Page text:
What’s the Emotional Content of Your Customer Journey Maps?
I’ve previously discussed the inclusion of a dormant state and a return loop when reflecting on the fact that the Customer Journey Never Ends.
You can include a further extension of the customer journey maps by showing proximity or emotional state.
Focus on the Emotional State
Typical customer journey maps (or diagrams) depict activities and results, maybe important events as well. These commonly use the terminology of the organisation rather the customer. By shifting that focus onto how engaged the customer feels at each stage, we see the journey from a different perspective; that of the customer.
Companies often use a sales funnel to monitor their sales process. Analysing the performance against the states in the sales funnels allows a company to redesign its sales process or to develop additional collateral. Some of the funnels focus on emotional state mixed with likelihood of buying. The customer journey map that displays emotional states can fit very well with the states defined in sales funnels. For example, the tables at the end of the superb Lean Entrepreneur book take the reader through the different levels of engagement that a customer experiences as they progress through the sales funnel:
Extend the States
These funnel states would need to be extended to include less positive states commonly found as customers move away from your organisation, e.g.:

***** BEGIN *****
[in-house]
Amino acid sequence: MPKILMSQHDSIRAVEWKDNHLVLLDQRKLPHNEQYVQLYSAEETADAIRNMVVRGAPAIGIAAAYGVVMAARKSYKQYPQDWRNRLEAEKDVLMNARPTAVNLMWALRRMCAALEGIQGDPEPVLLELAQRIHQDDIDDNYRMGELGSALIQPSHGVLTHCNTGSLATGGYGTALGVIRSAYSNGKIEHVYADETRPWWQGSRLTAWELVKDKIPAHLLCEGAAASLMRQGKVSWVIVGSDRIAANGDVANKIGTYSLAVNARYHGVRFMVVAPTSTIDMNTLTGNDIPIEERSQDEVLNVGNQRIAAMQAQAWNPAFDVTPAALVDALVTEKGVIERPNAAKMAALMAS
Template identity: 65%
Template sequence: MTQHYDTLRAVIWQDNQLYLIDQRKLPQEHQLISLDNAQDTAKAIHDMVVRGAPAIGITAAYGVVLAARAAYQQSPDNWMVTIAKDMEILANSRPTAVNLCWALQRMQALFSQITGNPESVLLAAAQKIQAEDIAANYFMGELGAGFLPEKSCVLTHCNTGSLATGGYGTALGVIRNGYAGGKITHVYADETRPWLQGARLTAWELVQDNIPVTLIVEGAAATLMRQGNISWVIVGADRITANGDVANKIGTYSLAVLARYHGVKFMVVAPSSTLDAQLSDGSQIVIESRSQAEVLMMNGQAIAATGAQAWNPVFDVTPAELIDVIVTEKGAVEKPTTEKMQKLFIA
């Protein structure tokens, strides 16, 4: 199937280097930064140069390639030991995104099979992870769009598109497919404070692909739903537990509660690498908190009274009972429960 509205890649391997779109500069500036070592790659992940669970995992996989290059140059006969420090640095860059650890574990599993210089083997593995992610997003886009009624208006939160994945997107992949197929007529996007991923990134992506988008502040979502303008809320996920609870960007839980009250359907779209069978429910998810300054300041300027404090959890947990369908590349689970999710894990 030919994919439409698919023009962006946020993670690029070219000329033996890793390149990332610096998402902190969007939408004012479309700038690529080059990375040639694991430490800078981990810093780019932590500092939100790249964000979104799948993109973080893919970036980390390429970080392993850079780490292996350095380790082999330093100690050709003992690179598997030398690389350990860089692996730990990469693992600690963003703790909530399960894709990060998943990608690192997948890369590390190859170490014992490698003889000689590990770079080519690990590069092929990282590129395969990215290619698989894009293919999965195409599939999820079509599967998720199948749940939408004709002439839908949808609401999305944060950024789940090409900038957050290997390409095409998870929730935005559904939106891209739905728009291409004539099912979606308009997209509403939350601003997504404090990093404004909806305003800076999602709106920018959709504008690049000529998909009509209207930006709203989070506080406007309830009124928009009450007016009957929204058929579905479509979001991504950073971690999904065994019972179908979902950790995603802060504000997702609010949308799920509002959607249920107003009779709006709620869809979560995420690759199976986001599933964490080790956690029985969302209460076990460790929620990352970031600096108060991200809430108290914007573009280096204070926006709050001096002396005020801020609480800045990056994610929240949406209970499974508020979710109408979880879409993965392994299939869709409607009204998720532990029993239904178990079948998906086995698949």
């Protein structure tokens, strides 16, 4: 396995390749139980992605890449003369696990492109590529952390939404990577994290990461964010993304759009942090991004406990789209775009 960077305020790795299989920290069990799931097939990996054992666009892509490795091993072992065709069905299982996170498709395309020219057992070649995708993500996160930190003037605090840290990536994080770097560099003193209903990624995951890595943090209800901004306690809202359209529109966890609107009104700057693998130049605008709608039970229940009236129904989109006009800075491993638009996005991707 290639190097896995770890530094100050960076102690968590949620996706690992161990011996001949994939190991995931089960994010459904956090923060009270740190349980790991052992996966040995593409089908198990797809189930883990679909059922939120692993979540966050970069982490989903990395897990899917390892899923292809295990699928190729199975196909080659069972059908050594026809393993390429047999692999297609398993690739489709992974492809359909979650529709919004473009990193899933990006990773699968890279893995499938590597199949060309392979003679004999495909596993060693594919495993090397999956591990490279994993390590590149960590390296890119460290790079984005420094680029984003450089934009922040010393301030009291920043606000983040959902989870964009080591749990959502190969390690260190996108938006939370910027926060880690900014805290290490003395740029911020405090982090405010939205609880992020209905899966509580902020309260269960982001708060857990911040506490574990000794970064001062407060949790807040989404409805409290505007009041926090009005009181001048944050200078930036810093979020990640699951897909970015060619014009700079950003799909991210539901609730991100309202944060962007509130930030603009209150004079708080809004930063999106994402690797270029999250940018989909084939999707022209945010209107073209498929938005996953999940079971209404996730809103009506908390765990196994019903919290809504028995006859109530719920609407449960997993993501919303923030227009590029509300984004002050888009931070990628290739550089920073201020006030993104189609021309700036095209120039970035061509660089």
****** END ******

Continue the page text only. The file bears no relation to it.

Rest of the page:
There may be more states, but that will depend on your customers and what you understand about them.
How Can You Do This?
- Compile a complete list of emotional states for your customers
- Filter this list to create a simple, single list that reflects the combined understanding from marketing, sales and service/retention departments
- Develop the customer journey maps
- Take the list of states and apply them as an overlay to your existing customer journey maps or
- Take the list of states and create a new customer journey map
My preference would be to start afresh as thinking based on the emotional state is likely to produce a different picture of the journey than the model based on activities and results.
You may have noticed that I didn’t include asking the customer for their emotional state. I nearly always advocate gaining input from customers in the most appropriate manner. I only omitted it above for the fact that it’s often a step too far for a lot of organisations. However, if your organisation has the means to engage with customers at the right level, then collate the emotional content from your customers and use that to build your customer journey map.